- NYT’s David Brooks: Obama has ‘manhood problem’ in Middle East
- Ted Cruz thanks Obama for denying visas to terrorists
- Survivors recall chaos, fear in Everest avalanche
- General Mills apologizes for ‘right to sue’ confusion, reverses policy
- Dealer wanted in U.S. for art fraud nabbed in Spain
- Easter morning delivery for space station
- Boxer Rubin ‘Hurricane’ Carter dies at 76
- Probe could complicate Rick Perry’s prospects
- Ukraine, Russia trade blame for eastern shootout
- Obamas head to church on Easter morning
Women losing coverage under Obamacare, too
Topic - Spencer Bachus
Rep. Paul DeMarco has the fundraising lead in the crowded GOP primary for Alabama's 6th Congressional District seat.
Two Republican congressmen, Spencer Bachus and Walter Jones, say the Justice Department inspector general's office is declining to look into a complaint by a businesswoman whose identity was leaked to the news media after she reported to the FBI that she was the victim of a cyberstalker.
On the campus of Samford University, seven Republican hopefuls took the stage at a candidate forum to explain why voters should send them to the U.S. Congress.
State Sen. Scott Beason is making another run for Alabama's 6th District congressional seat, adding a high-profile tea party name to a large GOP field.
By his own account, U.S. Rep. Jim Leach's argument against online gambling, which he laid out in a 2006 article, was more factual and perfunctory than soaring political rhetoric. But three years later his words would reappear in print — though under a different name: Rep. Spencer Bachus, an Alabama Republican who was a key ally of Mr. Leach's in opposing online gambling legislation.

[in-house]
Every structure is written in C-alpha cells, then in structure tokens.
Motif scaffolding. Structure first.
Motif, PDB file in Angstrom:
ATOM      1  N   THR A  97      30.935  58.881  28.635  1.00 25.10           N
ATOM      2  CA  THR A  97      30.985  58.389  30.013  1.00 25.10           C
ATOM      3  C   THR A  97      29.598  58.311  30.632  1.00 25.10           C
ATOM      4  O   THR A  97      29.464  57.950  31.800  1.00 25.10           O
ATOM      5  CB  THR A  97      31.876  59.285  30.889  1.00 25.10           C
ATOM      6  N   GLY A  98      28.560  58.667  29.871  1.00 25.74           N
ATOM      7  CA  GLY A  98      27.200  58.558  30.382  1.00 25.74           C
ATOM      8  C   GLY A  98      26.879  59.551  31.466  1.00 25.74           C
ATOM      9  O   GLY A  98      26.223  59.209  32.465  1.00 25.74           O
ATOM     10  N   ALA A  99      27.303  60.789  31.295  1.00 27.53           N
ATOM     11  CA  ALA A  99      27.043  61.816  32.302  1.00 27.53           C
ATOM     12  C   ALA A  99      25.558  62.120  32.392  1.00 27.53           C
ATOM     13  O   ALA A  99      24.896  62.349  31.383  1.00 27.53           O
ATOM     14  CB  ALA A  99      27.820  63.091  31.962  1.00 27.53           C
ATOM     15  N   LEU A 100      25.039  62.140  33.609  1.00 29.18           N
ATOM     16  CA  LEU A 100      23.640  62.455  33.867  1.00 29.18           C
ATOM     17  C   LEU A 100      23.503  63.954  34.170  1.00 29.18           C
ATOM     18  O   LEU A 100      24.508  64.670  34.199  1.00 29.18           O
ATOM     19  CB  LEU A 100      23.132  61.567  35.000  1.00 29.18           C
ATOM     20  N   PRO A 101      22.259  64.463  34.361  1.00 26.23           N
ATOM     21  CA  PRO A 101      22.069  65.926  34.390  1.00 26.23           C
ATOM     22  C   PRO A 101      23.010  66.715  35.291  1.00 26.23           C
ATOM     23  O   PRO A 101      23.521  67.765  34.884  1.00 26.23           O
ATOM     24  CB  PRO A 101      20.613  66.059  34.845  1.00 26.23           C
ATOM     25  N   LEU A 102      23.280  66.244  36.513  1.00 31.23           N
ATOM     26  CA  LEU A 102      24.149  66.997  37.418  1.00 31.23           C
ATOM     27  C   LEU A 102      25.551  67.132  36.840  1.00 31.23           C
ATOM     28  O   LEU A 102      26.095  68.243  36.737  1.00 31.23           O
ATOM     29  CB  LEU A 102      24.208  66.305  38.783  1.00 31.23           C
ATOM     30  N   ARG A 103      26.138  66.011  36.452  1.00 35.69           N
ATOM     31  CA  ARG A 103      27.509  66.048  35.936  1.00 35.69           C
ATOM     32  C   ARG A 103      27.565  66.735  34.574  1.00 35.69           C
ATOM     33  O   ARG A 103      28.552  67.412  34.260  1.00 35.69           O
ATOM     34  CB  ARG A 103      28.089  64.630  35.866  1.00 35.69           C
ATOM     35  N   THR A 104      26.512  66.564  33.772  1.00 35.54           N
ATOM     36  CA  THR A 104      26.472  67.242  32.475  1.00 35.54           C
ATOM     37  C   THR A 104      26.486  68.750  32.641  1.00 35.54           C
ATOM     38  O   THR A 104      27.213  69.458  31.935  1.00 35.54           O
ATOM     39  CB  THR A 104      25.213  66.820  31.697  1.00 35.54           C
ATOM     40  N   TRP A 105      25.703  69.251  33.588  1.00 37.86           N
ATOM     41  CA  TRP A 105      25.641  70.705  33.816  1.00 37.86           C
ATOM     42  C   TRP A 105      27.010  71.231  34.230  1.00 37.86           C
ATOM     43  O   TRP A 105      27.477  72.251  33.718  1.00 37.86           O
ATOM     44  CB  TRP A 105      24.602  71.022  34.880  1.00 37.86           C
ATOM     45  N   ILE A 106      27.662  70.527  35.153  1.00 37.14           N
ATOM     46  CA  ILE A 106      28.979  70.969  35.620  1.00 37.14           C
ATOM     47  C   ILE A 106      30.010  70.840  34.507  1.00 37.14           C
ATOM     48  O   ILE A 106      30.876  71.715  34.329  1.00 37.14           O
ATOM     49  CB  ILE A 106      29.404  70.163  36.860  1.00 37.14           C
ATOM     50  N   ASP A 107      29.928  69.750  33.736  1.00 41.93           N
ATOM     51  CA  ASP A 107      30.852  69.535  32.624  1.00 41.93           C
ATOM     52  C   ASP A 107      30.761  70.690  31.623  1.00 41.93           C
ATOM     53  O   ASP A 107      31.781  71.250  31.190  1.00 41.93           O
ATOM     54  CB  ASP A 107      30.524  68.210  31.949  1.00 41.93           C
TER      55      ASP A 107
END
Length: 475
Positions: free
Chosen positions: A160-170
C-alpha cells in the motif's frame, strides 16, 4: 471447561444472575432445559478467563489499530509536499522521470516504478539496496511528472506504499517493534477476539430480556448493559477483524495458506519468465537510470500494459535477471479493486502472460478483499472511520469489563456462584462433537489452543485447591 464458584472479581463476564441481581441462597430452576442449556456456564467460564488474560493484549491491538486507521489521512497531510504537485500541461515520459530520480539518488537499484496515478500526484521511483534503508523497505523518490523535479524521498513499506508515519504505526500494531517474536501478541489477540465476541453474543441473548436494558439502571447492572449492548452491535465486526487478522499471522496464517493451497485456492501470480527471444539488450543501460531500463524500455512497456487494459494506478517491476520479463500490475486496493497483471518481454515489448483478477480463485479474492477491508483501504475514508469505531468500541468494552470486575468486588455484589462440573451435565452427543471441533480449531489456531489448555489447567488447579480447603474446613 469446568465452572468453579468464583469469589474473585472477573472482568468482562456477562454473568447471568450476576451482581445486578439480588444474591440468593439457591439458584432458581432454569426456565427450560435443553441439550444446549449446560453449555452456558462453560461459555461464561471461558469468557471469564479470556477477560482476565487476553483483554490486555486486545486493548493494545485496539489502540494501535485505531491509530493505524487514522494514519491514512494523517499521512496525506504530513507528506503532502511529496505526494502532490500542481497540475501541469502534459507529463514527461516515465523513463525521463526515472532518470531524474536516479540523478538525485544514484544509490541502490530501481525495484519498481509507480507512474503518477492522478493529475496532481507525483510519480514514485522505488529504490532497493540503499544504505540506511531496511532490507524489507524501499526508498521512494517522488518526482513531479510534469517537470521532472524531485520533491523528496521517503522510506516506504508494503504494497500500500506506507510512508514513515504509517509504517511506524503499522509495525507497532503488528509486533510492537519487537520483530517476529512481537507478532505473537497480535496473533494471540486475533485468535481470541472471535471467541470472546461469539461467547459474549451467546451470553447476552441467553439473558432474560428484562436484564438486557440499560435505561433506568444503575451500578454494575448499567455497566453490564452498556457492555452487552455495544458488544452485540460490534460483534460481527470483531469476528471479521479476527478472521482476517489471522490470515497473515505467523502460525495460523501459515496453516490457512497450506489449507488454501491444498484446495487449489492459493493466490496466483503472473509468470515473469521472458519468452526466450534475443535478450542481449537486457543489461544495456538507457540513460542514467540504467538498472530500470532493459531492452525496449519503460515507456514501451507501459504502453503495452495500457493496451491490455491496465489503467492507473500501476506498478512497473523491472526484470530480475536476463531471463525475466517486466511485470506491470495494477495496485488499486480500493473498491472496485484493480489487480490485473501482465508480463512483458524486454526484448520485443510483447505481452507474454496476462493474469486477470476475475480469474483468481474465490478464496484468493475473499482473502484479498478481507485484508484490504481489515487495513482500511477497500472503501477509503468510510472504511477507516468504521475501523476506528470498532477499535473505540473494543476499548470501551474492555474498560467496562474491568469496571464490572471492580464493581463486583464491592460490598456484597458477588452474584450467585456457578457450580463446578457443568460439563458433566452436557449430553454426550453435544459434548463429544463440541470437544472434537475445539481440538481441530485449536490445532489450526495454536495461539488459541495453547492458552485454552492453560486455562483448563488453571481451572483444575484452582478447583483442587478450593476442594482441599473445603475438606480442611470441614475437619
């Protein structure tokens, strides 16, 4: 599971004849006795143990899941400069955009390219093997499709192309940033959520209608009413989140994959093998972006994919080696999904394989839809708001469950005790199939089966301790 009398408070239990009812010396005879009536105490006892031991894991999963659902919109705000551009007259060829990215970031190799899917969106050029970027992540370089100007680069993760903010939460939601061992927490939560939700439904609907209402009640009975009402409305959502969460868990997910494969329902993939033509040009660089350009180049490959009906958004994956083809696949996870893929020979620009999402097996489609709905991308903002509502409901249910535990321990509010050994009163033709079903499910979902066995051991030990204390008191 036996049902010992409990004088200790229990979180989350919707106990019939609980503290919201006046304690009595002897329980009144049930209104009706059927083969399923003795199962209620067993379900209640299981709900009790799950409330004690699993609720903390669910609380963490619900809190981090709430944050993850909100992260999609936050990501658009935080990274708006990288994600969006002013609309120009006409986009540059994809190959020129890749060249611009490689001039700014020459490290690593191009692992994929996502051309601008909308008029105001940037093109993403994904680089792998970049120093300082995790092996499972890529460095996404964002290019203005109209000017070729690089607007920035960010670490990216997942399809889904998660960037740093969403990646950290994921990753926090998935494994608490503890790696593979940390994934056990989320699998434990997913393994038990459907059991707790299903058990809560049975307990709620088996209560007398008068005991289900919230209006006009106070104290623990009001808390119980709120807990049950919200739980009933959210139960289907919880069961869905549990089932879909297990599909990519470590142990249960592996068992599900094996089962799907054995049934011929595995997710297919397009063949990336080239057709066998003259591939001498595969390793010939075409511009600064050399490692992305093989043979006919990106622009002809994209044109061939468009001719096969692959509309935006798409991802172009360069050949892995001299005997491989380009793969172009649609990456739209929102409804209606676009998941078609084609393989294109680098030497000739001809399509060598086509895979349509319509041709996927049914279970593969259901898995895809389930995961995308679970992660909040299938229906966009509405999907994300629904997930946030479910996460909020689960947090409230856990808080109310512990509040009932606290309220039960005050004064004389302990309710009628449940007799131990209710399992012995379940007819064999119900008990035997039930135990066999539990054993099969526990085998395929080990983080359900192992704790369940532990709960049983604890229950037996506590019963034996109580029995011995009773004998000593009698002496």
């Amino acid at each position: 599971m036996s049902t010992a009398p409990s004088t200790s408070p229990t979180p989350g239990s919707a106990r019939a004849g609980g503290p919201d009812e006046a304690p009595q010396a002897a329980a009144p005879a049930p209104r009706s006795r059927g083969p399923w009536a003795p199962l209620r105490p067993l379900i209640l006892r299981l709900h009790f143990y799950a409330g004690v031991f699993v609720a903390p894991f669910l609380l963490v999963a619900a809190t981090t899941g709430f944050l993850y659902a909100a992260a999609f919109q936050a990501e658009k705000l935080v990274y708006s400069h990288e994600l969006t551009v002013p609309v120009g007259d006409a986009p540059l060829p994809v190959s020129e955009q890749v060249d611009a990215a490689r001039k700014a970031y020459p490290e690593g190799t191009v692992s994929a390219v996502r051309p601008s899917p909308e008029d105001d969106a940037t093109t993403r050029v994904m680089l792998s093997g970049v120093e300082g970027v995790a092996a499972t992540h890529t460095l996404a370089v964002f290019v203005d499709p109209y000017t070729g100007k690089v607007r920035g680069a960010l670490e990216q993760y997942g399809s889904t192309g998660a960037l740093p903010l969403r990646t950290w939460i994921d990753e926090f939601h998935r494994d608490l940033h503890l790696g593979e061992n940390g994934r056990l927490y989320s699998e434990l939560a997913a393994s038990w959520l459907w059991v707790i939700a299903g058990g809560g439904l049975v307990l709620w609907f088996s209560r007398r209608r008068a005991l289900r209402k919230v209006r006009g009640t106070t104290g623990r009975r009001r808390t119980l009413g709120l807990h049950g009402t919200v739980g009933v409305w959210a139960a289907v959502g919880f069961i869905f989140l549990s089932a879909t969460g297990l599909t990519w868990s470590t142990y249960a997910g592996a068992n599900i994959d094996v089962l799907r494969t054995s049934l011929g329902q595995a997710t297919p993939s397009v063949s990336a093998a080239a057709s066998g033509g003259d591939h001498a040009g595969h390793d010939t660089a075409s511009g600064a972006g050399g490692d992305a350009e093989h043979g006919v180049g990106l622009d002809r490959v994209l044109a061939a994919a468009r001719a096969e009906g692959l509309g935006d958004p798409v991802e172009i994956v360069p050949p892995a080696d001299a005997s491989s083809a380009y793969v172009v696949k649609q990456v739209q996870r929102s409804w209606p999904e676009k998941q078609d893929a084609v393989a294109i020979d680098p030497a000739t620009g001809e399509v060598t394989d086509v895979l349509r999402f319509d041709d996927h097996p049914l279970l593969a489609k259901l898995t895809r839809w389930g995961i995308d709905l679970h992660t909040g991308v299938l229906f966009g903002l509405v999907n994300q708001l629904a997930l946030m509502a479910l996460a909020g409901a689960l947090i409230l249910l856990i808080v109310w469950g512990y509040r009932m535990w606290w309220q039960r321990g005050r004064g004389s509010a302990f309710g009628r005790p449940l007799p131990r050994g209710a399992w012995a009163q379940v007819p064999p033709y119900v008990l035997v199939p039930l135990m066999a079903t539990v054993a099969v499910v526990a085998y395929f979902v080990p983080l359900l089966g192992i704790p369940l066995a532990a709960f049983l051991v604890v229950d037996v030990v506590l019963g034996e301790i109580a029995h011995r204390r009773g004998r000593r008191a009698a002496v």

America's $15.7 trillion national debt continues to grow at an alarming rate. Though most economists agree we're on an unsustainable path, the president and his allies in the Democratic Senate have done nothing about it. They hope to return to their old ways of borrowing trillions without making dollar-for-dollar cuts. Congressional Republicans are trying to impose a bit of discipline.
The chairman of the House Financial Services Committee says he's cooperating with an Office of Government Ethics investigation into his stock trades and expects to be exonerated.
Even with the backing of such political high rollers as Senate Majority Leader Harry Reid, the push to expand legal Internet gambling in the United States looks to face much longer odds in the more heavily Republican Congress.
When Republicans take control of the House next month, few committees will undergo a more drastic transformation in style, tempo and possibly legislative action than the Financial Services one.
Republican leaders on Capitol Hill say ending the federal bailout of insolvent mortgage buyers Fannie Mae and Freddie Mac will be a major goal for the next Congress and criticize Democrats for failing to fix the pair of institutions that had central roles in the recent financial and housing crises.
The Environmental Protection Agency has subpoenaed energy giant Halliburton, seeking a description of the chemical components used in a drilling technique called hydraulic fracturing
Republicans criticized the SEC over the porn issue last week: "While watching porn all day undoubtedly contributed to the ineffectiveness of the SEC's work force, the administration, Congress and the investing public must demand accountability at all levels of the agency," said Rep. Spencer Bachus of Alabama, the ranking Republican on the House Financial Services Committee.
"Americans were sending $6 billion to unregulated, offshore online casinos each year, or nearly half of the $12 billion bet worldwide on the Internet," Mr. Bachus wrote in American Banker in 2008. "These sites evade rigorous U.S. regulations that control gambling by minors and problem gamers and ensure the integrity of the games."